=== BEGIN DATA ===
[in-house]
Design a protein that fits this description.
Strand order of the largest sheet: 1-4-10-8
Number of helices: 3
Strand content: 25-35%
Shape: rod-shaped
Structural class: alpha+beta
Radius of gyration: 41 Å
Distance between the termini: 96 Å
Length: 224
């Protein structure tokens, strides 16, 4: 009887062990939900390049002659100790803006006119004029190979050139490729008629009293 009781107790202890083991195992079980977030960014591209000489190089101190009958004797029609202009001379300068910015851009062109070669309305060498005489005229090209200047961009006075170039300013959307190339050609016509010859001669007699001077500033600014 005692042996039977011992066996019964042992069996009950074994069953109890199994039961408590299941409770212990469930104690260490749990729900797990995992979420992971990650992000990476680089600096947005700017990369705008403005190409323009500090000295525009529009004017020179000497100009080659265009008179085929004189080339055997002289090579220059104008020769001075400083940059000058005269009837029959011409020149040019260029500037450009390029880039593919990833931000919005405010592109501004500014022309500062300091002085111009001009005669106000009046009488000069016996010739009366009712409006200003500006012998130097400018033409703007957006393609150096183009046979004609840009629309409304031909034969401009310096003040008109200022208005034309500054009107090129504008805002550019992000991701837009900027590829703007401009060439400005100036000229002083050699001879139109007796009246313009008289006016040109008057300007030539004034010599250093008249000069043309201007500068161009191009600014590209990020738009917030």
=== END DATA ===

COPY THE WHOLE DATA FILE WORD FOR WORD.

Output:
[in-house]
Design a protein that fits this description.
Strand order of the largest sheet: 1-4-10-8
Number of helices: 3
Strand content: 25-35%
Shape: rod-shaped
Structural class: alpha+beta
Radius of gyration: 41 Å
Distance between the termini: 96 Å
Length: 224
């Protein structure tokens, strides 16, 4: 009887062990939900390049002659100790803006006119004029190979050139490729008629009293 009781107790202890083991195992079980977030960014591209000489190089101190009958004797029609202009001379300068910015851009062109070669309305060498005489005229090209200047961009006075170039300013959307190339050609016509010859001669007699001077500033600014 005692042996039977011992066996019964042992069996009950074994069953109890199994039961408590299941409770212990469930104690260490749990729900797990995992979420992971990650992000990476680089600096947005700017990369705008403005190409323009500090000295525009529009004017020179000497100009080659265009008179085929004189080339055997002289090579220059104008020769001075400083940059000058005269009837029959011409020149040019260029500037450009390029880039593919990833931000919005405010592109501004500014022309500062300091002085111009001009005669106000009046009488000069016996010739009366009712409006200003500006012998130097400018033409703007957006393609150096183009046979004609840009629309409304031909034969401009310096003040008109200022208005034309500054009107090129504008805002550019992000991701837009900027590829703007401009060439400005100036000229002083050699001879139109007796009246313009008289006016040109008057300007030539004034010599250093008249000069043309201007500068161009191009600014590209990020738009917030």